“The affair is so incredible and weird for the Bolshoi theater that it is hard to believe that there is just one ballerina at the heart of the matter. Sergei suspects that the motives of the crime are somewhat different. The young ballerina is just an excuse. But certainly not the root cause of the crime,” Filin’s spouse, Maria Prorvich, also a Bolshoi ballerina told the daily Komsomolskaya Pravda. “When the detention happened, we were all shocked. But he is certain that the range of persons involved is far wider than the three men who have been detained.”

“Pavel is a very extraordinary personality, he may be stubborn, he may be easily persuaded, he is a highly flammable personality, even an explosive one,” Dmitrichenko’s colleagues have told the Moscow evening daily Vechernaya Moskva. “But nobody could have ever thought all this would end with a tragedy… Dmitrichenko was obviously being driven towards the crime against Filin by someone else. “

The daily’s reporters have had a word with some people at the theater to have offered the following version being whispered behind the scenes. Dmitrichenko might have been talked into the attack by some other ballet dancers – Ruslan Pronin, Anton Getman and Nikolai Tsiskaridze, with whom he is on friendly terms. As a matter of fact, the latter has already been scrutinized by the investigators. Tsiskaridze made no secret of his negative attitude to Filin.

“I believe that Tsiskaridze was certainly involved. Possibly, not directly, but in some sort of inciting - yes that is for certain…,” a source in the Moscow Bolshoi told Moskovsky Komsomolets. Dmitrichenko is practically Tiskaridze’s son-in-law, because Anzhelina Vorontsova is his favorite disciple. It looks as if she were his daughter.”

“They have got Nikolai’s blessing to get married,” the source said.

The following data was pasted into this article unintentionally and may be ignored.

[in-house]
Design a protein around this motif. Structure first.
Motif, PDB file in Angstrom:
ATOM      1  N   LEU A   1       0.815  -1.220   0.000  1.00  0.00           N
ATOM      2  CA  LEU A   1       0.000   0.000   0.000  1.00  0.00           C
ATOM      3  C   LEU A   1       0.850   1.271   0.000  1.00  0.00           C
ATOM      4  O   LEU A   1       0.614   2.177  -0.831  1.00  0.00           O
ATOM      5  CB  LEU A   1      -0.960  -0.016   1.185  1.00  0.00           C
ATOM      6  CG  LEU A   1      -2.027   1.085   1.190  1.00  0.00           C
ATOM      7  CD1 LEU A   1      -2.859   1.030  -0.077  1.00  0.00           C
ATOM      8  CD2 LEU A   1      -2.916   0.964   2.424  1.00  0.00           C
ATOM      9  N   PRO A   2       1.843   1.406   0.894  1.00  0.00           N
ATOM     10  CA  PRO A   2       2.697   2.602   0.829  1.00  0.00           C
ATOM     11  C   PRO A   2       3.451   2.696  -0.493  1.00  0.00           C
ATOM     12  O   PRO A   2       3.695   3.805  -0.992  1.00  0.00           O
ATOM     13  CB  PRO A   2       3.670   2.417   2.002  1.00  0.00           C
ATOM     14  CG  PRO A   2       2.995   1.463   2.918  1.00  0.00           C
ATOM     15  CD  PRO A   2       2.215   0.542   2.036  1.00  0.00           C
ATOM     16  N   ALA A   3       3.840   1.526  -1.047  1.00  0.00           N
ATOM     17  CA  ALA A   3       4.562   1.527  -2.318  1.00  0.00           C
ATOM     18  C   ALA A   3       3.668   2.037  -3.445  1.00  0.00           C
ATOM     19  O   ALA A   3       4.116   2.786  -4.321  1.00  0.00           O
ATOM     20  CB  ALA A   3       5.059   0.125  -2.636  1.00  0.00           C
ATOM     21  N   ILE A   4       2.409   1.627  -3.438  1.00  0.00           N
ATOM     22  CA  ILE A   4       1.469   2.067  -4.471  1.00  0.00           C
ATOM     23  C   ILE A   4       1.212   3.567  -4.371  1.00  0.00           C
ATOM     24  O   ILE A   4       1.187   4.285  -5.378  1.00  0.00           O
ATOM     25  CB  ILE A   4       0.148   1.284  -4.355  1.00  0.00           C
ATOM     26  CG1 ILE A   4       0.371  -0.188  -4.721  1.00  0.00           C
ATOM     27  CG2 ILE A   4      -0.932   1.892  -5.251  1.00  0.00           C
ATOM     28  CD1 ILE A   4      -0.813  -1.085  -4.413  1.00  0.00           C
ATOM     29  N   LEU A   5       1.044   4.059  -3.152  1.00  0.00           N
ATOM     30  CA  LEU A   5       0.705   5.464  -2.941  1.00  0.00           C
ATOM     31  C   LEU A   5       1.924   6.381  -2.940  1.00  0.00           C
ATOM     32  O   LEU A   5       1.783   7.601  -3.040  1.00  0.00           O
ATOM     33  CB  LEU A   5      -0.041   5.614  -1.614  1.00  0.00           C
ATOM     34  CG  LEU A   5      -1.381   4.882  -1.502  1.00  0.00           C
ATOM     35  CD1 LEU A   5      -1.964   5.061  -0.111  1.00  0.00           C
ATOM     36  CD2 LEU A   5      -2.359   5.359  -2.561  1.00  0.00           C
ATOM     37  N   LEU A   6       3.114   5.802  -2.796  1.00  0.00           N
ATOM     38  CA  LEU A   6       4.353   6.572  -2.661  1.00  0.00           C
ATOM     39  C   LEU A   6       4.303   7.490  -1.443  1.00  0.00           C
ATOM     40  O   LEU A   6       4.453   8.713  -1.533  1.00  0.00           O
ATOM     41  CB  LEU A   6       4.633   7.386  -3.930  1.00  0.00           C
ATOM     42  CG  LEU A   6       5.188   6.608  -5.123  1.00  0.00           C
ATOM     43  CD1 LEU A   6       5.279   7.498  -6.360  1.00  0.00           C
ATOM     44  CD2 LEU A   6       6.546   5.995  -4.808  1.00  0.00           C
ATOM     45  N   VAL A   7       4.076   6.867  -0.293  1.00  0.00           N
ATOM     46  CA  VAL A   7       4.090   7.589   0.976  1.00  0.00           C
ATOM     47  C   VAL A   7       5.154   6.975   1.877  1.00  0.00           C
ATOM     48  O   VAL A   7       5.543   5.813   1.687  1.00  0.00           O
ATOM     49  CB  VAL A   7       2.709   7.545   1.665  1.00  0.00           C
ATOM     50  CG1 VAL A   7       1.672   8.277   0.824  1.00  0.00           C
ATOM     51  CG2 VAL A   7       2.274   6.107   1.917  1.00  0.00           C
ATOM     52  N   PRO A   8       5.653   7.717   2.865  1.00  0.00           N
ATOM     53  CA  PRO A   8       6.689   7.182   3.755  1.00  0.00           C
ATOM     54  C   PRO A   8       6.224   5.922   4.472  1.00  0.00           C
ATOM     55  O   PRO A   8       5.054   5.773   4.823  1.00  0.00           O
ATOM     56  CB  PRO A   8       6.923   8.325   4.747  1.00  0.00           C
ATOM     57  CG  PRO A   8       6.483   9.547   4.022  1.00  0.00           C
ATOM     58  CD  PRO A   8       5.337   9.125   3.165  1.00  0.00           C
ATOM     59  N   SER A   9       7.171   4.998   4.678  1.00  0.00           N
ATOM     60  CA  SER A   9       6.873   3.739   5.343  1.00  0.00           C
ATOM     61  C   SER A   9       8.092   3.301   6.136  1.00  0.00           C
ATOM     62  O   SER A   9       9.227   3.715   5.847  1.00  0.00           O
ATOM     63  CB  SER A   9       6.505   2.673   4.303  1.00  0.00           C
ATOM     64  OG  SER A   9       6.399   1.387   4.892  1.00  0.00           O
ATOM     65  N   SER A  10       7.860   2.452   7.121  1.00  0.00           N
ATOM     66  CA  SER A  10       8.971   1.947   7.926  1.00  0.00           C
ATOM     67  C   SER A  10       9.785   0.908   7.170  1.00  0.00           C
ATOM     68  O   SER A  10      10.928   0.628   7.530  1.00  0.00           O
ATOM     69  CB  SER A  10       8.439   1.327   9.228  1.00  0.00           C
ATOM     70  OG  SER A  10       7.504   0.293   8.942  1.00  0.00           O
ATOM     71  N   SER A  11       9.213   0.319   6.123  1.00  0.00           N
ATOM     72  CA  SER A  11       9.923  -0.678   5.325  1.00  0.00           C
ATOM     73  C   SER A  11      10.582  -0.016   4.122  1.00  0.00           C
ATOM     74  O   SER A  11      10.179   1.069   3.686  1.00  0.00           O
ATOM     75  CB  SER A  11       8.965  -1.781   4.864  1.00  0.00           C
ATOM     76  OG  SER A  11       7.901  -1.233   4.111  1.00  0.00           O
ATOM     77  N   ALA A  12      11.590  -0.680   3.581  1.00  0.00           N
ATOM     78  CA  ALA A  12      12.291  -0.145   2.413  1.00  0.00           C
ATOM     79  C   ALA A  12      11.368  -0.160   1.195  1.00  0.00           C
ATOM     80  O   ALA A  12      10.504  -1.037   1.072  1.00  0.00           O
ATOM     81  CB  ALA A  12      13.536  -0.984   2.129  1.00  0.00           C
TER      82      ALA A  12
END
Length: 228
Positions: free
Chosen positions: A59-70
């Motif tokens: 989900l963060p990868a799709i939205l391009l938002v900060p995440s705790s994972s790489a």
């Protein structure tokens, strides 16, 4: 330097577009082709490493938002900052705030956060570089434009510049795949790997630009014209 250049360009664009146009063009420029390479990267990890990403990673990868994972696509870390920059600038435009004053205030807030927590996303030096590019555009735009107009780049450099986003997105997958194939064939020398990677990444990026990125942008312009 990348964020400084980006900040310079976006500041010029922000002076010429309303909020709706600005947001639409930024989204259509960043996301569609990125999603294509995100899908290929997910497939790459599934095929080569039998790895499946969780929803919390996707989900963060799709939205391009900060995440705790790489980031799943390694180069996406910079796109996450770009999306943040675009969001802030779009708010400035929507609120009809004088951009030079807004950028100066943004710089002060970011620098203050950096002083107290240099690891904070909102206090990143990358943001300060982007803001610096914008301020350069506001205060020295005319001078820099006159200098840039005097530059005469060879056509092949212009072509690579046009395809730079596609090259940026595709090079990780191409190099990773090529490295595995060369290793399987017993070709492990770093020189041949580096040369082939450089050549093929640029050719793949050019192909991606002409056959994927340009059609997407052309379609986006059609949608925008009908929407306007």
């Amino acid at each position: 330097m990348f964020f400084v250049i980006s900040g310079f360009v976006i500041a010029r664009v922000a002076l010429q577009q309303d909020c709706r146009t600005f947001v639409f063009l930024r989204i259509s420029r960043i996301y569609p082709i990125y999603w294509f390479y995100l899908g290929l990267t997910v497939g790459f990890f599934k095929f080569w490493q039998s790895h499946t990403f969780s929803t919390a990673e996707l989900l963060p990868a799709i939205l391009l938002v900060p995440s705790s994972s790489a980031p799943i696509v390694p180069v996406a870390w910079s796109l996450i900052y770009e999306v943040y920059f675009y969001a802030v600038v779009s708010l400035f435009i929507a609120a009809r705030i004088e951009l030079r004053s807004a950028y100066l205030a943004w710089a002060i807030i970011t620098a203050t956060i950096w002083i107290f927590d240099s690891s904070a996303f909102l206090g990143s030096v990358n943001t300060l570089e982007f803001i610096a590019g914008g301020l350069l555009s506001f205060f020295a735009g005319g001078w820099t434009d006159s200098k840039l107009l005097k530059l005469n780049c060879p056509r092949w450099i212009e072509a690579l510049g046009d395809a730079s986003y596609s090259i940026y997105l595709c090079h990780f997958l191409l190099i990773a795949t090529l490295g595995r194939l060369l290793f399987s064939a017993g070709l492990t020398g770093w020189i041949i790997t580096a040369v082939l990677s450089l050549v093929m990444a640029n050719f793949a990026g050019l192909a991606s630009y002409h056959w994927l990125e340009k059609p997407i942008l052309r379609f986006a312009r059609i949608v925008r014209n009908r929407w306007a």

However, there is no evidence that might confirm Tsiskaridze – a renowned dancer and Bolshoi teacher – was an accomplice to the crime. It is just known that he is a teacher and friend of young ballerina Anzhelina Vorontsova, Dmitrichenko’s common law wife, who is thought to be the root cause of the crime.

In the meantime, Filin is said to be recovering, says Rossiiskaya Gazeta with reference to personnel at the clinic in Germany where the choreographer is undergoing a course of post-operation rehabilitation. The clinic’s director Peter Walter, said that his colleagues where very pleased to see the results of the preliminary treatment Filin had had in Moscow. Now they are to put the finishing touches and the first results are already in sight.

In an hours-long operation they managed to restore the fibrose eyeball covering by and large.

Professor Walter is optimistic. Apparently, Filin will not lose his eyesight. His patient can see with his left eye satisfactorily already. No forecasts regarding the right eye are possible at this moment, though. The patient is to take a series of other procedures and the course of treatment is bound to last.

In the meantime, the Bolshoi is looking for a substitute who might take Pavel Dmitrichenko’s place. If found guilty, the latter may be sentenced up to fifteen years in jail. Russia’s main theater is reconsidering its repertoire and looking for a new soloist.


MOSCOW, March 7